By Bailey VenJohn
Staff reporter

Approximately 300 students from various organizations gathered in Richardson Hall to listen to speaker Doctor Roswurm. (Bailey VenJohn/Collegian photographer)

Approximately 300 students from various organizations gathered in Richardson Auditorium to listen to speaker Doctor Roswurm. (Bailey VenJohn/Collegian photographer)

Sunday afternoon Southwestern College kept up the usual tradition of a Service Learning Project to kick off homecoming week. Approximately 300 students gathered in Richardson Auditorium to listen to speaker Doctor Roswurm.

The topic for her presentation was human trafficking. Rosworn told many first hand stories and helped students realize that human trafficking is a problem, even here in the United States.

The service learning team on campus came up with the idea for the service project and were joined by athletics, campus life, performing arts and the communication department to make this even come together.

Lindsay Wilke, assistant director of leadership, played a big role in making this event come together. She explained that there were specific reasons for bringing in this speaker.

“We were looking for a subject that would resonate with a lot of people and we knew that human trafficking, just from talking to college students, was something that a lot of them care about on some level. It’s something that impacts everyone. Not many people are victims of it, but it is happening right here in our own backyard and some people are part of the mess and don’t even know it.”

Also, a thought when picking the topic for the Service Learning Project was trying to tie it in with this year’s campus wide theme of courage. The idea was to give students the courage to talk about something that is a tough subject, but first they had to be educated on the matter.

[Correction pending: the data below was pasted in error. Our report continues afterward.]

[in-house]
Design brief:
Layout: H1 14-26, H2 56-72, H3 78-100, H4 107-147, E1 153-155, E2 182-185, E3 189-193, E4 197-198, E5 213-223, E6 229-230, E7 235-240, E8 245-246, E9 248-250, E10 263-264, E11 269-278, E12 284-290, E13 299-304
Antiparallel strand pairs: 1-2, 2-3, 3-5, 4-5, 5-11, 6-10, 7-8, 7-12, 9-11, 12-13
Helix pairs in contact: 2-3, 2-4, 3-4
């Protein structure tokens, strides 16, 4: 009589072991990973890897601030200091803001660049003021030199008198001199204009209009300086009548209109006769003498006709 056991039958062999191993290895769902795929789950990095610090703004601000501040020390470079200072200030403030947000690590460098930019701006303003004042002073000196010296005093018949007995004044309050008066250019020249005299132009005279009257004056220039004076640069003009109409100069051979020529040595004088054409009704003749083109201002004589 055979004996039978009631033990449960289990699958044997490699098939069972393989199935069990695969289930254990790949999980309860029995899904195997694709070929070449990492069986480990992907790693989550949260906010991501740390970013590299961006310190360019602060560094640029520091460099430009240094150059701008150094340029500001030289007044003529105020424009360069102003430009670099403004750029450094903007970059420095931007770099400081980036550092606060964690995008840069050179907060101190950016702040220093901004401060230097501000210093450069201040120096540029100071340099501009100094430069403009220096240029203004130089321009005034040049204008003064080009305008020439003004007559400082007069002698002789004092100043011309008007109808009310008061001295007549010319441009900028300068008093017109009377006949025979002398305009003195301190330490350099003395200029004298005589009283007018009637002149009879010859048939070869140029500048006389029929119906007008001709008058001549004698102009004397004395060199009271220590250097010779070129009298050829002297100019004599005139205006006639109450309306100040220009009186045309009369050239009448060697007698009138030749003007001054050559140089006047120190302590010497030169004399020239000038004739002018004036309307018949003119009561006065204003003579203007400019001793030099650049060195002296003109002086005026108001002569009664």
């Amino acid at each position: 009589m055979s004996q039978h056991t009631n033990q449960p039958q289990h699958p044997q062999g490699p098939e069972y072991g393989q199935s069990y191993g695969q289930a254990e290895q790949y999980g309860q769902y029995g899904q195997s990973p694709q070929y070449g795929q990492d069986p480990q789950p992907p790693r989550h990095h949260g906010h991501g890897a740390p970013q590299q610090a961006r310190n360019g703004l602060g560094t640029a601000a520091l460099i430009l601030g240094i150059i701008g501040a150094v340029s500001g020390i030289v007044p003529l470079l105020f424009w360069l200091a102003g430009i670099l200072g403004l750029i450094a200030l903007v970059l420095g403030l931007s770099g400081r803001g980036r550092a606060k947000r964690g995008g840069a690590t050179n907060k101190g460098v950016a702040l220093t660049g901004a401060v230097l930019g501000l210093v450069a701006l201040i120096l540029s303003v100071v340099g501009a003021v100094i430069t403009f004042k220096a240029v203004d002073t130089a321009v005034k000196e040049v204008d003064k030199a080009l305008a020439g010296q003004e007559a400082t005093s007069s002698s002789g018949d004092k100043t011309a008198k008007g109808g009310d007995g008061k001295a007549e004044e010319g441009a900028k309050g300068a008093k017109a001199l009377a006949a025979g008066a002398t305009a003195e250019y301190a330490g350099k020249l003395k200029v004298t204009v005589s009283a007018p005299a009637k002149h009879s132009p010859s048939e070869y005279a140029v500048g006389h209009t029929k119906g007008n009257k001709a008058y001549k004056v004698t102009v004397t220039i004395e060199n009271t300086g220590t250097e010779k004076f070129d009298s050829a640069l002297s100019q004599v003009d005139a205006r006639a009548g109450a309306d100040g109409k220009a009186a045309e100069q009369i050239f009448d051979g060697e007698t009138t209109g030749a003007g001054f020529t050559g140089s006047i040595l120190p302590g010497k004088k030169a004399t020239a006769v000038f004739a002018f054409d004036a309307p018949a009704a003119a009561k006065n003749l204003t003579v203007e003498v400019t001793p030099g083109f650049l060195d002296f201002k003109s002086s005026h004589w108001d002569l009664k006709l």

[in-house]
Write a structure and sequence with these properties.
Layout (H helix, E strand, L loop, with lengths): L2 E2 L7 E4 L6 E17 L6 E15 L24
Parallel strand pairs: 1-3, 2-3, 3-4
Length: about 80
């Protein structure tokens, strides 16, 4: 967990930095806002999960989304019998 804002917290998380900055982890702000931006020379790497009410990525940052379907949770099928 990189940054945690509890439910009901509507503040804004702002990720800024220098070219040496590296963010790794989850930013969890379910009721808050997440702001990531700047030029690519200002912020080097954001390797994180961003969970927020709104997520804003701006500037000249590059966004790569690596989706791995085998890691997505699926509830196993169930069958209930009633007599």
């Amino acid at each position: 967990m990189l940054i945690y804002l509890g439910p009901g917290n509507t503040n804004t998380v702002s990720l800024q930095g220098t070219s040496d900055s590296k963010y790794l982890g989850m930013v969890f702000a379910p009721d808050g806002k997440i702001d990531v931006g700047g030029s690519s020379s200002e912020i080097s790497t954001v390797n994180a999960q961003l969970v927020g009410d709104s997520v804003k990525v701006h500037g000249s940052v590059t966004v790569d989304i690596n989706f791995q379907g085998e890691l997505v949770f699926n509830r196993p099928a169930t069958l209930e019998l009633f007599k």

Mary Reilly, biology and education senior, thought the topic fit well with the theme of courage.

“It takes a great deal of courage to be able to speak up about something that may not personally affect you but it is necessary that we speak up for those who don’t have a voice,” said Reilly.

Doctor Roswurm is an Associate Professor and the Director of the Center for Combating Human Trafficking. Her speech brought the issue of human trafficking to the minds of many students.

Nic Gunyon, marine biology senior, played a role as team captain for the men’s soccer team. “We learned that human trafficking was a problem in the US, I didn’t know that was real, I had no clue,” said Gunyon. He felt the project was good for his team because they also were in the same boat and didn’t know much about the topic.

Many students were affected in the same way as Gunyon and the men’s soccer team.

Reilly said “A lot of us are from small town America. It isn’t something most of us have had to deal with or know someone who has personally dealt with it. I think the speaker did a good job of telling us stories and helping us realize that it is a real thing and a problem. It is just a difficult concept for us to conceive.”